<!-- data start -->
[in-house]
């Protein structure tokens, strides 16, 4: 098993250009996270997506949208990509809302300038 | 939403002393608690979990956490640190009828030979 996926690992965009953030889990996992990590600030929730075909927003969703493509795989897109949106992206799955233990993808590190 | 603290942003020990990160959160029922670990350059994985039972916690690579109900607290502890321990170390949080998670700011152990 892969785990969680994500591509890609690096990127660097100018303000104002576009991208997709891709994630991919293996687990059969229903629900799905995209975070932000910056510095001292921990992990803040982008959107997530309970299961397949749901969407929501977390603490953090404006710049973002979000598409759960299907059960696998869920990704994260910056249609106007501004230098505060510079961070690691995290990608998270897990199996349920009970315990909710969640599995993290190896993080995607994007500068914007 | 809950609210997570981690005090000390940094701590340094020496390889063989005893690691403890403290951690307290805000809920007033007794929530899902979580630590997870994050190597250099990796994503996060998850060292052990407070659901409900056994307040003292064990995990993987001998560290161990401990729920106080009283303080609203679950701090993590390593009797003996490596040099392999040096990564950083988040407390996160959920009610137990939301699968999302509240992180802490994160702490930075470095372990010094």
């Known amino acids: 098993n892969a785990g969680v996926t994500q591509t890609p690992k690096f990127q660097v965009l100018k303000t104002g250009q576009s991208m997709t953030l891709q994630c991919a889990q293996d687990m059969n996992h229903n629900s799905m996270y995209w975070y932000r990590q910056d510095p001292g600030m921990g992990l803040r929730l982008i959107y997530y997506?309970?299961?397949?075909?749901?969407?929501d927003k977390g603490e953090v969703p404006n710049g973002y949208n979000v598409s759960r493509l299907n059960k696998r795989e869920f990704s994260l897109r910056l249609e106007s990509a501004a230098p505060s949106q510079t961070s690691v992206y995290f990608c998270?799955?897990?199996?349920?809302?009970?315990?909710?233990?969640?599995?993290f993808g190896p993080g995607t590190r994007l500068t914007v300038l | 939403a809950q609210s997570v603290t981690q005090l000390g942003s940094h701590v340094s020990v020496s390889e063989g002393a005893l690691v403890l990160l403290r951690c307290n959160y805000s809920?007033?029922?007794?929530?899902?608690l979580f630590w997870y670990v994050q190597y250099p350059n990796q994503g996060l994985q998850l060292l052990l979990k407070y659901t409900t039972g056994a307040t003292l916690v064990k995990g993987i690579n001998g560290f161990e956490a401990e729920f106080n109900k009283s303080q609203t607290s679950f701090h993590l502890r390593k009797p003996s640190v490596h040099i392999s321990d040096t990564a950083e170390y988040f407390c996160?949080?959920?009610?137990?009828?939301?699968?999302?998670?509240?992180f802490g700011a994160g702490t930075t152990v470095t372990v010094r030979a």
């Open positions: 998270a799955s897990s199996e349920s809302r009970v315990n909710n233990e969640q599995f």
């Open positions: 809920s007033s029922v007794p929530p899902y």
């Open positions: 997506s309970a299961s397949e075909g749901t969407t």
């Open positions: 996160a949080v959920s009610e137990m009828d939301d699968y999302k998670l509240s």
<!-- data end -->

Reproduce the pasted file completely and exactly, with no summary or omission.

[in-house]
């Protein structure tokens, strides 16, 4: 098993250009996270997506949208990509809302300038 | 939403002393608690979990956490640190009828030979 996926690992965009953030889990996992990590600030929730075909927003969703493509795989897109949106992206799955233990993808590190 | 603290942003020990990160959160029922670990350059994985039972916690690579109900607290502890321990170390949080998670700011152990 892969785990969680994500591509890609690096990127660097100018303000104002576009991208997709891709994630991919293996687990059969229903629900799905995209975070932000910056510095001292921990992990803040982008959107997530309970299961397949749901969407929501977390603490953090404006710049973002979000598409759960299907059960696998869920990704994260910056249609106007501004230098505060510079961070690691995290990608998270897990199996349920009970315990909710969640599995993290190896993080995607994007500068914007 | 809950609210997570981690005090000390940094701590340094020496390889063989005893690691403890403290951690307290805000809920007033007794929530899902979580630590997870994050190597250099990796994503996060998850060292052990407070659901409900056994307040003292064990995990993987001998560290161990401990729920106080009283303080609203679950701090993590390593009797003996490596040099392999040096990564950083988040407390996160959920009610137990939301699968999302509240992180802490994160702490930075470095372990010094």
């Known amino acids: 098993n892969a785990g969680v996926t994500q591509t890609p690992k690096f990127q660097v965009l100018k303000t104002g250009q576009s991208m997709t953030l891709q994630c991919a889990q293996d687990m059969n996992h229903n629900s799905m996270y995209w975070y932000r990590q910056d510095p001292g600030m921990g992990l803040r929730l982008i959107y997530y997506?309970?299961?397949?075909?749901?969407?929501d927003k977390g603490e953090v969703p404006n710049g973002y949208n979000v598409s759960r493509l299907n059960k696998r795989e869920f990704s994260l897109r910056l249609e106007s990509a501004a230098p505060s949106q510079t961070s690691v992206y995290f990608c998270?799955?897990?199996?349920?809302?009970?315990?909710?233990?969640?599995?993290f993808g190896p993080g995607t590190r994007l500068t914007v300038l | 939403a809950q609210s997570v603290t981690q005090l000390g942003s940094h701590v340094s020990v020496s390889e063989g002393a005893l690691v403890l990160l403290r951690c307290n959160y805000s809920?007033?029922?007794?929530?899902?608690l979580f630590w997870y670990v994050q190597y250099p350059n990796q994503g996060l994985q998850l060292l052990l979990k407070y659901t409900t039972g056994a307040t003292l916690v064990k995990g993987i690579n001998g560290f161990e956490a401990e729920f106080n109900k009283s303080q609203t607290s679950f701090h993590l502890r390593k009797p003996s640190v490596h040099i392999s321990d040096t990564a950083e170390y988040f407390c996160?949080?959920?009610?137990?009828?939301?699968?999302?998670?509240?992180f802490g700011a994160g702490t930075t152990v470095t372990v010094r030979a």
């Open positions: 998270a799955s897990s199996e349920s809302r009970v315990n909710n233990e969640q599995f």
């Open positions: 809920s007033s029922v007794p929530p899902y």
């Open positions: 997506s309970a299961s397949e075909g749901t969407t």
């Open positions: 996160a949080v959920s009610e137990m009828d939301d699968y999302k998670l509240s």